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In cartoons because we know the characters are not

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shows up again in the next episode like nothing happened. In cartoons, because we know the characters are not real and because they do not look like real human beings, the violence can be disturbing and gruesome but it will not be taken as seriously. This is true even in Samuel Beckett's Waiting For Godot . When Lucky kicks Estragon in the leg, he is not seriously injured. He makes a big deal about it, claiming he is crippled and he will never walk again, but in reality he only has a bruise. This explanation of the humor in violence can be simplified to say that violence is only funny in a certain context. If you only watched a clip of someone being kicked in the leg or falling down without context it probably would not be funny. But once the context is added in, it changes the feeling of the event. Estragon's reaction to being kicked in the leg is funny and perhaps the person who fell was running and fell face first into a cake. The context is what makes the violence funny. Another explanation for why we sometimes enjoy violence is because we can live vicariously through the people committing the violence. If the act of violence is a superhero kicking the villains ass or watching karma finally catch up with someone who has been a jerk, it is going to be enjoyable to watch. While watching scenes like that, it allows to people to feel like they are the ones doling out the punishment. In Amphitryon , Mercury keeps smacking Sosia around and confusing him. The audience finds it funny and enjoyable because it is not something that happens in day to day life. The viewers are not allowed to go around hitting people that annoy them. They are pretending they are Mercury and are hitting around their own Sosias. Even though Sosia is not an antagonist in this play, there is still some satisfaction from seeing him pushed around a little. Similar to this is the idea of schadenfreude. Schadenfreude is a word that means happiness at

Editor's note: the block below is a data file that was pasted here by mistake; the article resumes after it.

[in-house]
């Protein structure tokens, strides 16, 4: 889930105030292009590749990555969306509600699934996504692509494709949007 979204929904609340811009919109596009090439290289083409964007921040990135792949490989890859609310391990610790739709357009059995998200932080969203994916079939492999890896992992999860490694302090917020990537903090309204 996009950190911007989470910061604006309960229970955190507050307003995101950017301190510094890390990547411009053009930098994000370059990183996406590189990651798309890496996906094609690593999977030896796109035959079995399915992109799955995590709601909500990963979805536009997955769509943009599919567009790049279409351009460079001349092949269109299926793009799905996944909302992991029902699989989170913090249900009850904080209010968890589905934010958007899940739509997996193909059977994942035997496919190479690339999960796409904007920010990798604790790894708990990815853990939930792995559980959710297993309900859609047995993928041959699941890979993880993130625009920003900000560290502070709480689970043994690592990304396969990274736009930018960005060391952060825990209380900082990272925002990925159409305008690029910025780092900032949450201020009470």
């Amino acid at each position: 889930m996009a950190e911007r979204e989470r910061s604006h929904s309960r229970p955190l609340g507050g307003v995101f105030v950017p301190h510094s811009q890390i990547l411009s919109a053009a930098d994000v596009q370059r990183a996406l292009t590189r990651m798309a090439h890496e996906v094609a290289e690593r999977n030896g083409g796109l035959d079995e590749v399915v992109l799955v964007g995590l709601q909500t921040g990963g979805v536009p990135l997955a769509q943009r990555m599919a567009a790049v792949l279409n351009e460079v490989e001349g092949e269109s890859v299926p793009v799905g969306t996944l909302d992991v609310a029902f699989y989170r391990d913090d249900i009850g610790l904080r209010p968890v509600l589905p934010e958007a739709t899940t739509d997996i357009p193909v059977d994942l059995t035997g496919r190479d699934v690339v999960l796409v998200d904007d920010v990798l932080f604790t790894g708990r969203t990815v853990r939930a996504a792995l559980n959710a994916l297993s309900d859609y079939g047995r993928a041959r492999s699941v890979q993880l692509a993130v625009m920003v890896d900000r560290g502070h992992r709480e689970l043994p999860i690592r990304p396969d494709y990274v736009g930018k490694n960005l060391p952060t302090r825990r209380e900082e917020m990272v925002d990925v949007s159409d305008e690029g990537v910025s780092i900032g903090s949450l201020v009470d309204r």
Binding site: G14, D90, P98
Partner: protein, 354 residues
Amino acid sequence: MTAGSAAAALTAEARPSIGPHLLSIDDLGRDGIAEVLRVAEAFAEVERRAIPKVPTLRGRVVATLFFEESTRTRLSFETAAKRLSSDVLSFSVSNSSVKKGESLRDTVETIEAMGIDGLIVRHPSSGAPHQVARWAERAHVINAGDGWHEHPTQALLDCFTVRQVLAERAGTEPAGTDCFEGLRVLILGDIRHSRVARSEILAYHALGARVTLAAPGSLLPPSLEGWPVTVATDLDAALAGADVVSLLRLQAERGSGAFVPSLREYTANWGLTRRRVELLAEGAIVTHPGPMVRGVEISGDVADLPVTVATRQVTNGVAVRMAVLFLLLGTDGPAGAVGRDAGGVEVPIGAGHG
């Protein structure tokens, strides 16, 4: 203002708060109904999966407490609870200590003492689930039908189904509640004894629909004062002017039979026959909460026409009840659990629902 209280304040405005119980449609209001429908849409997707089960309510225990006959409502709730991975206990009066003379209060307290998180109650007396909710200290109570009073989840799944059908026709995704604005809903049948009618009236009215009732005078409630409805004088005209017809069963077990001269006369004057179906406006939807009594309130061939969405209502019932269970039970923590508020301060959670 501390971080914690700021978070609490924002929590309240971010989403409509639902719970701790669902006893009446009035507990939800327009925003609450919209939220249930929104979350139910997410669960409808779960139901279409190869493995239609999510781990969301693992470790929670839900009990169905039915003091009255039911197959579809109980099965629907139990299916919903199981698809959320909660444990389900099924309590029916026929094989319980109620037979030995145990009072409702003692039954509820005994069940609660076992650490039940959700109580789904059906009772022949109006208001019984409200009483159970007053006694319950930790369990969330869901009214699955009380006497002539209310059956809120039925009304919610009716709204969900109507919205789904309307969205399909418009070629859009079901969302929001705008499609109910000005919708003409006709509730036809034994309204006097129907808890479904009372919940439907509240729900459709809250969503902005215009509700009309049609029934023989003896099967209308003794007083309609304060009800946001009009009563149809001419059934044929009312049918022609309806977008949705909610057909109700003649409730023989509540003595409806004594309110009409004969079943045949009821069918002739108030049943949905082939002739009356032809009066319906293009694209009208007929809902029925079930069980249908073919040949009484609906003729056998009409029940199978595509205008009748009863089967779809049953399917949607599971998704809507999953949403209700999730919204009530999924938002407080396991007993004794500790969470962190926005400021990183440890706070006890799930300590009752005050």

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the misfortune of others, which perfectly describes what laughing at violence is. An article in the New York Times cited several studies that proved the existence of schadenfreude (St. John). It has a lot to do with people receiving what they deserve, which starts with Social Comparison Theory. It is natural for people to compare themselves to others and natural to be envious if someone looks better off. If there is someone who has it all and barely worked for it, people are going to be much happier to see them crumble than someone who does not have as much or someone who worked hard for what they have.
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